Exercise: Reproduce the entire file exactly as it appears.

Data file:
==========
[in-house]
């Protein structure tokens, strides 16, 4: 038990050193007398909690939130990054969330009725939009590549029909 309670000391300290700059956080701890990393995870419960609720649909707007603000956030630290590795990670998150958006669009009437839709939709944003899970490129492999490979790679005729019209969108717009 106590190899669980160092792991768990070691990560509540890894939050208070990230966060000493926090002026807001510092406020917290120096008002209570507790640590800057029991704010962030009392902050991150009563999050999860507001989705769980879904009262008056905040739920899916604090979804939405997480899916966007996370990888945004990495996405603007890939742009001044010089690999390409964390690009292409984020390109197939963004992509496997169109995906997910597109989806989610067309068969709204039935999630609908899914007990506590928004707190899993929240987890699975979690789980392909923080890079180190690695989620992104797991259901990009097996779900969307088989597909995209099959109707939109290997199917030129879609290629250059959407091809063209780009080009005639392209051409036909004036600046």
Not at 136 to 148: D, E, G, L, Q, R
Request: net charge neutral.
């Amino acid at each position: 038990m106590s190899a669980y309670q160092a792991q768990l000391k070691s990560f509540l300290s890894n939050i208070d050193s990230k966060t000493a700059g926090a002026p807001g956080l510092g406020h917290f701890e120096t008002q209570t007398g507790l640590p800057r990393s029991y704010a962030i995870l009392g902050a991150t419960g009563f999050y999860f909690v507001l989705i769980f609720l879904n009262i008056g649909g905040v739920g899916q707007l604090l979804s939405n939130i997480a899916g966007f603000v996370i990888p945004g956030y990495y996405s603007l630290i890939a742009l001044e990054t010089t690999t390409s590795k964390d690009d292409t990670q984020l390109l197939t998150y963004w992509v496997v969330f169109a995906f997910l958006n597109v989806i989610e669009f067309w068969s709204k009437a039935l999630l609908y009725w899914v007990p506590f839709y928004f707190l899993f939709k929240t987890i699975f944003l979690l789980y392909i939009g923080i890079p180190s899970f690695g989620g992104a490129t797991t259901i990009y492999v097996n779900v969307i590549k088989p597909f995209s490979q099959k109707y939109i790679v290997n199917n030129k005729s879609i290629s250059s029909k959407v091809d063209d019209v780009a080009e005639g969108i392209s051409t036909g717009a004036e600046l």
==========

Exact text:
[in-house]
């Protein structure tokens, strides 16, 4: 038990050193007398909690939130990054969330009725939009590549029909 309670000391300290700059956080701890990393995870419960609720649909707007603000956030630290590795990670998150958006669009009437839709939709944003899970490129492999490979790679005729019209969108717009 106590190899669980160092792991768990070691990560509540890894939050208070990230966060000493926090002026807001510092406020917290120096008002209570507790640590800057029991704010962030009392902050991150009563999050999860507001989705769980879904009262008056905040739920899916604090979804939405997480899916966007996370990888945004990495996405603007890939742009001044010089690999390409964390690009292409984020390109197939963004992509496997169109995906997910597109989806989610067309068969709204039935999630609908899914007990506590928004707190899993929240987890699975979690789980392909923080890079180190690695989620992104797991259901990009097996779900969307088989597909995209099959109707939109290997199917030129879609290629250059959407091809063209780009080009005639392209051409036909004036600046």
Not at 136 to 148: D, E, G, L, Q, R
Request: net charge neutral.
């Amino acid at each position: 038990m106590s190899a669980y309670q160092a792991q768990l000391k070691s990560f509540l300290s890894n939050i208070d050193s990230k966060t000493a700059g926090a002026p807001g956080l510092g406020h917290f701890e120096t008002q209570t007398g507790l640590p800057r990393s029991y704010a962030i995870l009392g902050a991150t419960g009563f999050y999860f909690v507001l989705i769980f609720l879904n009262i008056g649909g905040v739920g899916q707007l604090l979804s939405n939130i997480a899916g966007f603000v996370i990888p945004g956030y990495y996405s603007l630290i890939a742009l001044e990054t010089t690999t390409s590795k964390d690009d292409t990670q984020l390109l197939t998150y963004w992509v496997v969330f169109a995906f997910l958006n597109v989806i989610e669009f067309w068969s709204k009437a039935l999630l609908y009725w899914v007990p506590f839709y928004f707190l899993f939709k929240t987890i699975f944003l979690l789980y392909i939009g923080i890079p180190s899970f690695g989620g992104a490129t797991t259901i990009y492999v097996n779900v969307i590549k088989p597909f995209s490979q099959k109707y939109i790679v290997n199917n030129k005729s879609i290629s250059s029909k959407v091809d063209d019209v780009a080009e005639g969108i392209s051409t036909g717009a004036e600046l």